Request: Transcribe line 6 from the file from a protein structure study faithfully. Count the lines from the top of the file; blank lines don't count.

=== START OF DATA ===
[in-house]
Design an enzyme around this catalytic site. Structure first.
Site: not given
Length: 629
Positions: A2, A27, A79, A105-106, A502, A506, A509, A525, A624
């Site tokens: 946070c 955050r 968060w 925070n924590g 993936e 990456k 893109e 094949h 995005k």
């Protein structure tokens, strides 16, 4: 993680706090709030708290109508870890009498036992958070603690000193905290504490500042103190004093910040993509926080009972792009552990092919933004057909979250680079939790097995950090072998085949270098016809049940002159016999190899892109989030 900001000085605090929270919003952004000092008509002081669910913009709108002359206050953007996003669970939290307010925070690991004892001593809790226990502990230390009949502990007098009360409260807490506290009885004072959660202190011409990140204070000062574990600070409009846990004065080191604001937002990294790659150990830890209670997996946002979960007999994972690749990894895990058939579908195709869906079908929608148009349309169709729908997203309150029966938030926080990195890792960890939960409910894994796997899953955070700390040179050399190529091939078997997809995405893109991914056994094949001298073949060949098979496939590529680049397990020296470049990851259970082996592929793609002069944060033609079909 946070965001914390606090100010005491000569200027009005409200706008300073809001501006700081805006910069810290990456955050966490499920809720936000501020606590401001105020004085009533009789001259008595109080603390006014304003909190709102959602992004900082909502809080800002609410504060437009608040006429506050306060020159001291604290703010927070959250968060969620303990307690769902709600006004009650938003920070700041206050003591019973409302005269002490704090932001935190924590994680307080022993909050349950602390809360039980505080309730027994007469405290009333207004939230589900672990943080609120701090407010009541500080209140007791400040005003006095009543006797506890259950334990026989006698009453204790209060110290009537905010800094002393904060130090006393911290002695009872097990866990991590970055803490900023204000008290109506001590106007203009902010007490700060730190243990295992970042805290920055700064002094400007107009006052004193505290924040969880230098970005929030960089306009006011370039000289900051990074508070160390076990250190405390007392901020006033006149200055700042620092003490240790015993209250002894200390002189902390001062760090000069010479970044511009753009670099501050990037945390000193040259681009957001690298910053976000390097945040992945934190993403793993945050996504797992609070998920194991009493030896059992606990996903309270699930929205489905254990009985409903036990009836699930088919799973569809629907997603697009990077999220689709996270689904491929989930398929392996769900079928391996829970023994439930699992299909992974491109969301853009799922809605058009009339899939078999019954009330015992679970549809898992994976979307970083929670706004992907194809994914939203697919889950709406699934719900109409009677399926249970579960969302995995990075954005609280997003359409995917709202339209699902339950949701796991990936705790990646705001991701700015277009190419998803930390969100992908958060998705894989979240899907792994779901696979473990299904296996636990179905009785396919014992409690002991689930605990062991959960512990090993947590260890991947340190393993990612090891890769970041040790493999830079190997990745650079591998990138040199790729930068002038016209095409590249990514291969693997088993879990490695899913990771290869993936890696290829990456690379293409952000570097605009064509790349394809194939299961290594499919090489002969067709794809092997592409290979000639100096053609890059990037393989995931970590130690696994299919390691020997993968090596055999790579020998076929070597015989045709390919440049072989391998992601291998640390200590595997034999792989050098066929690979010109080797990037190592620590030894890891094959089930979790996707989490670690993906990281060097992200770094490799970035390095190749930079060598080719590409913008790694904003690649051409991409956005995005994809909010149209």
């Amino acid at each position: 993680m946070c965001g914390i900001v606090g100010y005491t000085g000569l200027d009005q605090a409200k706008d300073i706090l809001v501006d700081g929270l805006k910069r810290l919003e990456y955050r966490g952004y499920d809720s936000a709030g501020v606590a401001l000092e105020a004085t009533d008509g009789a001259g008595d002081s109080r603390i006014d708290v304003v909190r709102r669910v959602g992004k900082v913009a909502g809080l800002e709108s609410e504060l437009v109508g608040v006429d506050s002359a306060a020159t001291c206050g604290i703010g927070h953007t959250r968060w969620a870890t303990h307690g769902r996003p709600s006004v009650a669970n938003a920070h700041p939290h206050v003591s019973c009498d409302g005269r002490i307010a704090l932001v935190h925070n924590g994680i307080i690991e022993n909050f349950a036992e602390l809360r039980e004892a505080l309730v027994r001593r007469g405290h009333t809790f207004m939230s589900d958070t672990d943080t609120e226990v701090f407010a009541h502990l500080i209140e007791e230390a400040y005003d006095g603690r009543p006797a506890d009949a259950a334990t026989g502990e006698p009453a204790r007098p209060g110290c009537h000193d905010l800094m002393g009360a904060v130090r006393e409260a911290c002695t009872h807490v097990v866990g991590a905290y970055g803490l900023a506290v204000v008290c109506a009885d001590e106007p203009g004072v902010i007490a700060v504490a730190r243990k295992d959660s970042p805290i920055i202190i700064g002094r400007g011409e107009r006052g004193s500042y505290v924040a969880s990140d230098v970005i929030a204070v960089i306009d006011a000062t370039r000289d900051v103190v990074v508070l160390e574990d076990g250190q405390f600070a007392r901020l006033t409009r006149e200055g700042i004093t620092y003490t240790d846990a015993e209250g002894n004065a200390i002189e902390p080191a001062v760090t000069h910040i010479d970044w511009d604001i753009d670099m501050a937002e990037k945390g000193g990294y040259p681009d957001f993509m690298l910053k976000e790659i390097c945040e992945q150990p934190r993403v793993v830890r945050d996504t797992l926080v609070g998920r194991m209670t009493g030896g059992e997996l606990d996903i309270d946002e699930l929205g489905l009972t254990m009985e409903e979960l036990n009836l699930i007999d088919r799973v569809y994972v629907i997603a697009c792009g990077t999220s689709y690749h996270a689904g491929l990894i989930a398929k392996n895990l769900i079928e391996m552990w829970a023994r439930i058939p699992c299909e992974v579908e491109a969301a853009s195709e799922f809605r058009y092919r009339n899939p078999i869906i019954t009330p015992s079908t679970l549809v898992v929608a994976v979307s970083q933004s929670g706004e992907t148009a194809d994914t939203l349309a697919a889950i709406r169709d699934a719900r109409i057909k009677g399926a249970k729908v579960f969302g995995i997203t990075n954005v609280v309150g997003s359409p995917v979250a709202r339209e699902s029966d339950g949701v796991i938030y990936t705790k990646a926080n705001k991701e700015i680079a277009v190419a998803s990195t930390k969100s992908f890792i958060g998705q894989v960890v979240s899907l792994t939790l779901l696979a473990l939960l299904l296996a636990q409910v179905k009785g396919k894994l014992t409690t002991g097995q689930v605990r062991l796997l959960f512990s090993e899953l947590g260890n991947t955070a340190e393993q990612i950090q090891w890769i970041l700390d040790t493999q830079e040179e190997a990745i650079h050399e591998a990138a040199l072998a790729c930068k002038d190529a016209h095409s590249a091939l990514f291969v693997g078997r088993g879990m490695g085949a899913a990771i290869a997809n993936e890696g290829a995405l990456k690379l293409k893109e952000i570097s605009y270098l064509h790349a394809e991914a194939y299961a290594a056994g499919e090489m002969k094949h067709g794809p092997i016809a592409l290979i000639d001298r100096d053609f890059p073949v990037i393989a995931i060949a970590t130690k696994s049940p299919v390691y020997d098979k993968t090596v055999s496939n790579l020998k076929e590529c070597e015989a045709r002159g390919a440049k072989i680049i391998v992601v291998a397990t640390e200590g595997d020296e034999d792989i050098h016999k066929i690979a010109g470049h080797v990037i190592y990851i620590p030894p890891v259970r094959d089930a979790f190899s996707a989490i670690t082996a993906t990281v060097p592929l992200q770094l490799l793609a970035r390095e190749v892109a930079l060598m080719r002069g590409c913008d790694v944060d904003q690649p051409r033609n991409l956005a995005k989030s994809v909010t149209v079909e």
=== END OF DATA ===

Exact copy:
């Site tokens: 946070c 955050r 968060w 925070n924590g 993936e 990456k 893109e 094949h 995005k």